Absorptive Dressings: wound dressings composed of two or more layers manufactured as a single dressing. These dressings are generally non-adherent. The layers are made up of fibres such as cellulose, cotton, or rayon, with the ability to absorb fluids. Specialty absorptive dressings can be used as a primary dressing (the first dressing to cover the wound’s surface) or secondary dressing (a dressing to cover the primary dressing). They are easy to apply and remove, and may have an adhesive border, making additional tape unnecessary.

Active Wound Care: the use of products that administer beneficial substances to the wound. These substances contribute to wound repair either by delivering bioactive compounds or by utilizing materials that facilitate the body’s own ability to heal.

Acute Wounds: wounds caused by trauma or surgery and usually requiring limited local care.

Advanced Wound Care: the use of products that promote a moist environment, thereby accelerating the healing of many difficult-to-treat or chronic wounds. Substances that help to provide ideal moisture conditions include alginate fibre, foam, and hydrocolloid dressings.

Alginate Fibre Dressings: soft fibre dressings made from brown seaweed. Such dressings can hold up to twenty times their weight, and fill in open spaces in the wound. They are available in rope, ribbon, and pad form. Ropes are usually used to pack a hollow area or a hole. Ribbons are used to pack smaller or narrower areas than that of a rope, and pads may be used to pack a deeper area. When an alginate is packed into a wound, it will usually work with the natural fluids within the wound and form a gel. This gel maintains a moist wound-healing environment within the wound. Alginates are easily applied and easily removed, but often require an additional or secondary dressing.

Antimicrobial: an antimicrobial is a substance that kills or inhibits the growth of microorganisms and pathogenic microorganisms such as bacteria, fungi, or protozoans, as well as destroying viruses.

Biocompatibility: the property of being biologically compatible by not producing a toxic, injurious, or immunological response in living tissue.

Biofilm: a thin layer of millions of microorganisms (bacteria, fungi, algae, and protozoa) accumulated on surfaces in aqueous environments. Film-forming microbes excrete a glue-like substance that anchors them to materials such as metals, plastics, tissue, and soil particles. Biofilms are difficult to eradicate and generally have an increased resistance to antimicrobial agents.

Burn Wounds: wounds that are acute in nature and require specialized treatment due to severity of the injury and the high risk of infection.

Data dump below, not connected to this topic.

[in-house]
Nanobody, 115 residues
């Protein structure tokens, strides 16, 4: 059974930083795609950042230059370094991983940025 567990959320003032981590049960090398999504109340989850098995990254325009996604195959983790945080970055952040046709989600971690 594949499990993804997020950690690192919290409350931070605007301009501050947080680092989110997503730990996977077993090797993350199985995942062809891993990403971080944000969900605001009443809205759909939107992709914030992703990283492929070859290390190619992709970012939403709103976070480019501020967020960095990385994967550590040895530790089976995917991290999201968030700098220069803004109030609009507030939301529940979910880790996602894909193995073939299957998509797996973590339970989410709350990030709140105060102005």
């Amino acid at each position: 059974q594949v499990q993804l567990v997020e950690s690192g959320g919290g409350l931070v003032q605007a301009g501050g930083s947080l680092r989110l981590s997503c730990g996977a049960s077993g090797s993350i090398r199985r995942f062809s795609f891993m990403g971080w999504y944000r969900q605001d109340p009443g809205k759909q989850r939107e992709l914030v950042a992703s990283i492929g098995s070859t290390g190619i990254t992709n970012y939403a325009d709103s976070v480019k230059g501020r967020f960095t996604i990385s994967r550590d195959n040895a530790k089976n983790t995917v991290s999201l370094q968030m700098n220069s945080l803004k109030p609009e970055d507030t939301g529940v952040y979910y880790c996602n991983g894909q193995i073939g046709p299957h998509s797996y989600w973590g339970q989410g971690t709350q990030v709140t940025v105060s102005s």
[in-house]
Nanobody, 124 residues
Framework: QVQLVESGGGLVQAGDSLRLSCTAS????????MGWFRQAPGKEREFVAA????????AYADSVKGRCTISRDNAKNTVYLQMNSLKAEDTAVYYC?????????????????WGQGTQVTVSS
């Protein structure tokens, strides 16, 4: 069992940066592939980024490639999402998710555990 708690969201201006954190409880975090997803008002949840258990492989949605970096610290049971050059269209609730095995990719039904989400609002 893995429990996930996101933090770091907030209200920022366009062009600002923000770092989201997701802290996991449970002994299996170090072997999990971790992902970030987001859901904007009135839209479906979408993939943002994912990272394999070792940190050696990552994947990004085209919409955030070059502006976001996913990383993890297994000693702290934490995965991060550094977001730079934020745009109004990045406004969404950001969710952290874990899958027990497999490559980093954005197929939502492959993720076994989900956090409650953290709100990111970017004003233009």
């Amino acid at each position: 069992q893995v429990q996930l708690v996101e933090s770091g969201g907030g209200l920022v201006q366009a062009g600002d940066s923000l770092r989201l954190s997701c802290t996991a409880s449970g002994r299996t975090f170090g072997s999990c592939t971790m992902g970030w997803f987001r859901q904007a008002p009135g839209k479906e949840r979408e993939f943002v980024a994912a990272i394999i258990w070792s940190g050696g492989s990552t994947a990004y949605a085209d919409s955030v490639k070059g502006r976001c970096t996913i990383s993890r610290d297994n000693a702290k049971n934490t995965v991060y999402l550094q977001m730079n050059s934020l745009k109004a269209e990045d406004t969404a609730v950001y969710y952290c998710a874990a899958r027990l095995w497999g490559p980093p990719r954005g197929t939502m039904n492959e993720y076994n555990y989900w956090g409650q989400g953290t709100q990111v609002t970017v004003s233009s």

Chronic Wounds: wounds that take longer than usual to heal because of underlying conditions such as pressure, diabetes, poor circulation, poor nutritional state, immunodeficiency, or infection.

Contact Layers: usually a single layer of woven material (netting) placed directly on an open wound. They are designed to not adhere (stick) to the bed of the wound and to protect the tissue in the wound from direct contact with foreign matter, such as dust, dirt, etc. They also prevent trauma to the wound (especially during subsequent dressing changes). Contact layers protect the wound from other dressings and allow topical products and medications to pass through to the wound bed. These dressings also allow fluid (exudate or drainage) to pass through and be absorbed by a secondary dressing.

Cytotoxic: relating to substances that are toxic to cells. Cytotoxicity encompasses the effect of a substance on all living cells, but is more commonly used when referring to human cells.

Electrochemistry (electrochemical reactions): the science of the interaction and interconversion of electric and chemical phenomena, generally within a solution.

Electroless Deposition (also known as chemical or auto-catalytic deposition): a coating method that involves several simultaneous reactions in an aqueous solution and that occurs without the use of external electrical power.

Foams: porous materials that absorb light or heavy amounts of fluid (drainage, called exudate) and that may be used to resist dust, dirt and other contaminants. These materials have a non-sticking surface that allows for ease of removal with less shock or trauma to the affected area. Foams create a moist healing environment for the affected area and also act as insulation.

Hydrocolloids: materials that can assist the healing process, are self-adhesive, are easy to shape, and absorb light to moderate drainage fairly well. They can be occlusive (prevent air from escaping through the dressing) or semi-occlusive (allow some air to escape through the dressing).

Nosocomial Infection: a term used to describe infections acquired in a hospital or medical setting. In other words, the patient did not have this infection when admitted or examined but acquired it during the course of being treated.

Pathogen: an agent that causes disease, especially a living microorganism such as a bacterium or fungus.

Physical Vapour Deposition (PVD): a coating process that bombards the surface of a target material with charged particles of gas, causing atoms of the target material to be ejected and subsequently deposited onto surrounding surfaces.

Traditional Wound Care: the use of products that are dry and relatively unsophisticated in construction (gauze, finger bandages, etc.). Since many wounds can be healed with products that do nothing more than cover and protect the wound from infection, these inexpensive products remain an integral part of wound care.

Virucide: having the capacity to or tending to destroy or inactivate viruses.